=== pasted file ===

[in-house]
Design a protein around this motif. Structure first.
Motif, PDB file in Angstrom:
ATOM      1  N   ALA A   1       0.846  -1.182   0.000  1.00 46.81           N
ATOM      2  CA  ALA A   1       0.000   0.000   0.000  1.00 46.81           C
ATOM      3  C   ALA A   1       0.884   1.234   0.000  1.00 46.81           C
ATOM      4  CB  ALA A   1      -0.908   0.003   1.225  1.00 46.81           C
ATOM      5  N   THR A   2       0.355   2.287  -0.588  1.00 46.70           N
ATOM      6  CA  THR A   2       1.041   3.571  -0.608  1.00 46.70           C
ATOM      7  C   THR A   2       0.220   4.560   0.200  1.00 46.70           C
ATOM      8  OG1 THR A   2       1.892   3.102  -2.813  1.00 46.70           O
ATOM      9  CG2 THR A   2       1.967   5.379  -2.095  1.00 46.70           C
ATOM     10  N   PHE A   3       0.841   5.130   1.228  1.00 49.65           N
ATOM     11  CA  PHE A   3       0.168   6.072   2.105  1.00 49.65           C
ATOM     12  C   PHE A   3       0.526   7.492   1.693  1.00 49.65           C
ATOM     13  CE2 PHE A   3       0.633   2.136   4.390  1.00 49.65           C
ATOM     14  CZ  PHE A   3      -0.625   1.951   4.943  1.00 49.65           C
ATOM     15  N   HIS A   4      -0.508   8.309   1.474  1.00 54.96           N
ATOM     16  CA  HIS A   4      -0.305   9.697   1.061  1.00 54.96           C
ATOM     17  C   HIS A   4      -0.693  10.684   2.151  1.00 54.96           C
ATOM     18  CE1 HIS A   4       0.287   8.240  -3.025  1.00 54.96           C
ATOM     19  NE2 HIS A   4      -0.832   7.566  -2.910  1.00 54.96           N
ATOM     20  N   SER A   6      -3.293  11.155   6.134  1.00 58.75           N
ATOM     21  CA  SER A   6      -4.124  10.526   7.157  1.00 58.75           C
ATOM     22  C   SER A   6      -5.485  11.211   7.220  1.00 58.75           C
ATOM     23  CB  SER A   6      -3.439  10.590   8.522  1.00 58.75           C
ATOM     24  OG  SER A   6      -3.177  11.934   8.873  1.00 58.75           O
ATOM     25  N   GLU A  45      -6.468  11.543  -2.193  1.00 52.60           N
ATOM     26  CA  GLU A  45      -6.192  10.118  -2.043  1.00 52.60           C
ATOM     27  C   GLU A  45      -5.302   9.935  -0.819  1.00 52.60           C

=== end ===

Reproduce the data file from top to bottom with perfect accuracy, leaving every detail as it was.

[in-house]
Design a protein around this motif. Structure first.
Motif, PDB file in Angstrom:
ATOM      1  N   ALA A   1       0.846  -1.182   0.000  1.00 46.81           N
ATOM      2  CA  ALA A   1       0.000   0.000   0.000  1.00 46.81           C
ATOM      3  C   ALA A   1       0.884   1.234   0.000  1.00 46.81           C
ATOM      4  CB  ALA A   1      -0.908   0.003   1.225  1.00 46.81           C
ATOM      5  N   THR A   2       0.355   2.287  -0.588  1.00 46.70           N
ATOM      6  CA  THR A   2       1.041   3.571  -0.608  1.00 46.70           C
ATOM      7  C   THR A   2       0.220   4.560   0.200  1.00 46.70           C
ATOM      8  OG1 THR A   2       1.892   3.102  -2.813  1.00 46.70           O
ATOM      9  CG2 THR A   2       1.967   5.379  -2.095  1.00 46.70           C
ATOM     10  N   PHE A   3       0.841   5.130   1.228  1.00 49.65           N
ATOM     11  CA  PHE A   3       0.168   6.072   2.105  1.00 49.65           C
ATOM     12  C   PHE A   3       0.526   7.492   1.693  1.00 49.65           C
ATOM     13  CE2 PHE A   3       0.633   2.136   4.390  1.00 49.65           C
ATOM     14  CZ  PHE A   3      -0.625   1.951   4.943  1.00 49.65           C
ATOM     15  N   HIS A   4      -0.508   8.309   1.474  1.00 54.96           N
ATOM     16  CA  HIS A   4      -0.305   9.697   1.061  1.00 54.96           C
ATOM     17  C   HIS A   4      -0.693  10.684   2.151  1.00 54.96           C
ATOM     18  CE1 HIS A   4       0.287   8.240  -3.025  1.00 54.96           C
ATOM     19  NE2 HIS A   4      -0.832   7.566  -2.910  1.00 54.96           N
ATOM     20  N   SER A   6      -3.293  11.155   6.134  1.00 58.75           N
ATOM     21  CA  SER A   6      -4.124  10.526   7.157  1.00 58.75           C
ATOM     22  C   SER A   6      -5.485  11.211   7.220  1.00 58.75           C
ATOM     23  CB  SER A   6      -3.439  10.590   8.522  1.00 58.75           C
ATOM     24  OG  SER A   6      -3.177  11.934   8.873  1.00 58.75           O
ATOM     25  N   GLU A  45      -6.468  11.543  -2.193  1.00 52.60           N
ATOM     26  CA  GLU A  45      -6.192  10.118  -2.043  1.00 52.60           C
ATOM     27  C   GLU A  45      -5.302   9.935  -0.819  1.00 52.60           C